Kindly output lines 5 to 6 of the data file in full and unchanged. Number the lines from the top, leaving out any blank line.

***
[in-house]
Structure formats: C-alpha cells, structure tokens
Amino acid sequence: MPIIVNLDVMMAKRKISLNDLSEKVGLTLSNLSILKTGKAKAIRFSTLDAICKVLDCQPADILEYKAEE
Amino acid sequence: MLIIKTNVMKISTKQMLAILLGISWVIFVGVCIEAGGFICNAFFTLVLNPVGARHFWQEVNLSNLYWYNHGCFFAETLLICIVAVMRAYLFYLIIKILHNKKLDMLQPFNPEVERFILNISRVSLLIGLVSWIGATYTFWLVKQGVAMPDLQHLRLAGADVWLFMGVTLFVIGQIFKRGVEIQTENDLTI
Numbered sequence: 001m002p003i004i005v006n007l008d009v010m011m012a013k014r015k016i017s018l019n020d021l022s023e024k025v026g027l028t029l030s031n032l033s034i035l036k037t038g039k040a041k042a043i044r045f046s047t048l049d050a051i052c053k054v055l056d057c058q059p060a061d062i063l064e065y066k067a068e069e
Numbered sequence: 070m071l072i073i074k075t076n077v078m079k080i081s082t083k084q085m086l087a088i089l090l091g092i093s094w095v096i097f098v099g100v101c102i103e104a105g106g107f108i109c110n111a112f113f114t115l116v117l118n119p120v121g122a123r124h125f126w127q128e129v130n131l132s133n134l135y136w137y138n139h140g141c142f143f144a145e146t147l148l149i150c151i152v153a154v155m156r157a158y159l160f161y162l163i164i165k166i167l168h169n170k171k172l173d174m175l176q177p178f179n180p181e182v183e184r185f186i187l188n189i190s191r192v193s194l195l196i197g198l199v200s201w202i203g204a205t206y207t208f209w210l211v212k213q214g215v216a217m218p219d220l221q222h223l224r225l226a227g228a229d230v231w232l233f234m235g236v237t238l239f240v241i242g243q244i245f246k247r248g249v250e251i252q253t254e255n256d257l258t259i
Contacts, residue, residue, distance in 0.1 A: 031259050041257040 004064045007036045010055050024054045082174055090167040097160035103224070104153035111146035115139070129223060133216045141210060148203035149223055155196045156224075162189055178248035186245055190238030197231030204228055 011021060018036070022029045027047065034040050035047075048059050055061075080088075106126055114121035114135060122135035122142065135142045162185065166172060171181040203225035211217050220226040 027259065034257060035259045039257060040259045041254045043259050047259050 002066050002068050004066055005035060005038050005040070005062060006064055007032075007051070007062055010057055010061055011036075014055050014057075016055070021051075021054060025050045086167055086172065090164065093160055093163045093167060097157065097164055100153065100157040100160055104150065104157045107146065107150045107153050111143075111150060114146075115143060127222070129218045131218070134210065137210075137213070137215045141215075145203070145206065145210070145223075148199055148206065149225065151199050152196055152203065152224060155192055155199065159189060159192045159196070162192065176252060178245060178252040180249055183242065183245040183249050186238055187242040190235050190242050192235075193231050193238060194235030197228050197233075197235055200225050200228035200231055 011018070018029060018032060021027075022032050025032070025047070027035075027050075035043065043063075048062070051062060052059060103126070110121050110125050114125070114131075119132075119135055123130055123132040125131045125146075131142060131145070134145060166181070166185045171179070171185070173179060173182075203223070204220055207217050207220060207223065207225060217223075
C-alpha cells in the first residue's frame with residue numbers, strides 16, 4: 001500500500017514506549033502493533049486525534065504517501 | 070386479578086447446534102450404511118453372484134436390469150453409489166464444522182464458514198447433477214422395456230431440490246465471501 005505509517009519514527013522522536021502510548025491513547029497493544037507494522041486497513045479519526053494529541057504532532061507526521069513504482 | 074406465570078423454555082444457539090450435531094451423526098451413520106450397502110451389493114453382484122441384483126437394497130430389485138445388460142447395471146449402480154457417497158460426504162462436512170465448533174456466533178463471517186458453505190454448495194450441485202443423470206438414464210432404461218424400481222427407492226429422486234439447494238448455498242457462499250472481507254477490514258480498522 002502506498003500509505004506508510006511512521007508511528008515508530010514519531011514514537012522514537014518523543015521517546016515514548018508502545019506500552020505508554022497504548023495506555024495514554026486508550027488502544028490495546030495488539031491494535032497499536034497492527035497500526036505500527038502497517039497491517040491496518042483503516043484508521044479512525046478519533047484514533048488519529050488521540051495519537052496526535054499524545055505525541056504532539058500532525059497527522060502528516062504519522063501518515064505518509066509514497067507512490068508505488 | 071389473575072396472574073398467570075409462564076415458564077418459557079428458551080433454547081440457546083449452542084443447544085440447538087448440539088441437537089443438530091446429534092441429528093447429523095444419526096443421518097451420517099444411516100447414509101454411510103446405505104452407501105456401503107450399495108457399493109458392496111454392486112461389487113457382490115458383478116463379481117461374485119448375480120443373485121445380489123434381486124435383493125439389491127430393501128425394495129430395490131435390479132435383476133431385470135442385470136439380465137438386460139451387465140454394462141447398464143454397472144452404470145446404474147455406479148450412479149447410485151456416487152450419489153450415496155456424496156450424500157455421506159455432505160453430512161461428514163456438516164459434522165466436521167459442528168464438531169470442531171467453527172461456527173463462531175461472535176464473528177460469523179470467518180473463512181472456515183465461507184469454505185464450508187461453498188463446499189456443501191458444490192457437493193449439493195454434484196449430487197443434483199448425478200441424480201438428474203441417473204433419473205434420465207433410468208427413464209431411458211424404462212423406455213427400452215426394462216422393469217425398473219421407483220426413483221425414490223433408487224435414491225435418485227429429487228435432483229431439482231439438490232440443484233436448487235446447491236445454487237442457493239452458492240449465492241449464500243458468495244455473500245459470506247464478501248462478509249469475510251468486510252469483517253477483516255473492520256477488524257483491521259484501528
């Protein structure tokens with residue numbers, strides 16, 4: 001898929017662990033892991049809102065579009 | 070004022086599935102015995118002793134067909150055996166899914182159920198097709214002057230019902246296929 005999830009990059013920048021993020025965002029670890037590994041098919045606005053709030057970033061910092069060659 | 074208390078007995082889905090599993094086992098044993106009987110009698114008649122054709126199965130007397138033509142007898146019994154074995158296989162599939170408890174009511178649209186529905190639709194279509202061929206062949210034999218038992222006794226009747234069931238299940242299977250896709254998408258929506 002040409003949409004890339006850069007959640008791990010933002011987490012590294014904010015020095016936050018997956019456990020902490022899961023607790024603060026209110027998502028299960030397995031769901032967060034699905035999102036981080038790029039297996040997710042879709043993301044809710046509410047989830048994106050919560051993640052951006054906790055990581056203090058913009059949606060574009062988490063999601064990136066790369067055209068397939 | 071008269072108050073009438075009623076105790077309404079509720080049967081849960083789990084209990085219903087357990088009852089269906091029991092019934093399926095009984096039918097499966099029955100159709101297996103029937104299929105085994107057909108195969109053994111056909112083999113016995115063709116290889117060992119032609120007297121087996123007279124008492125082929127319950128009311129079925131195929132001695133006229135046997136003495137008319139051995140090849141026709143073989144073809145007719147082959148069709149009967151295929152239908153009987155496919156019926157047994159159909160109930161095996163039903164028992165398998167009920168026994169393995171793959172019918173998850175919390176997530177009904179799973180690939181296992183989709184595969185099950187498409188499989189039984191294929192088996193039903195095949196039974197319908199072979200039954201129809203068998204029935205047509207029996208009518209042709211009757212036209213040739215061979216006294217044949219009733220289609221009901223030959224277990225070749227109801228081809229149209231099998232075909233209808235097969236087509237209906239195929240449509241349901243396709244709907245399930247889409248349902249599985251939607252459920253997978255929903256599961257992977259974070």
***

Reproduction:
Numbered sequence: 001m002p003i004i005v006n007l008d009v010m011m012a013k014r015k016i017s018l019n020d021l022s023e024k025v026g027l028t029l030s031n032l033s034i035l036k037t038g039k040a041k042a043i044r045f046s047t048l049d050a051i052c053k054v055l056d057c058q059p060a061d062i063l064e065y066k067a068e069e
Numbered sequence: 070m071l072i073i074k075t076n077v078m079k080i081s082t083k084q085m086l087a088i089l090l091g092i093s094w095v096i097f098v099g100v101c102i103e104a105g106g107f108i109c110n111a112f113f114t115l116v117l118n119p120v121g122a123r124h125f126w127q128e129v130n131l132s133n134l135y136w137y138n139h140g141c142f143f144a145e146t147l148l149i150c151i152v153a154v155m156r157a158y159l160f161y162l163i164i165k166i167l168h169n170k171k172l173d174m175l176q177p178f179n180p181e182v183e184r185f186i187l188n189i190s191r192v193s194l195l196i197g198l199v200s201w202i203g204a205t206y207t208f209w210l211v212k213q214g215v216a217m218p219d220l221q222h223l224r225l226a227g228a229d230v231w232l233f234m235g236v237t238l239f240v241i242g243q244i245f246k247r248g249v250e251i252q253t254e255n256d257l258t259i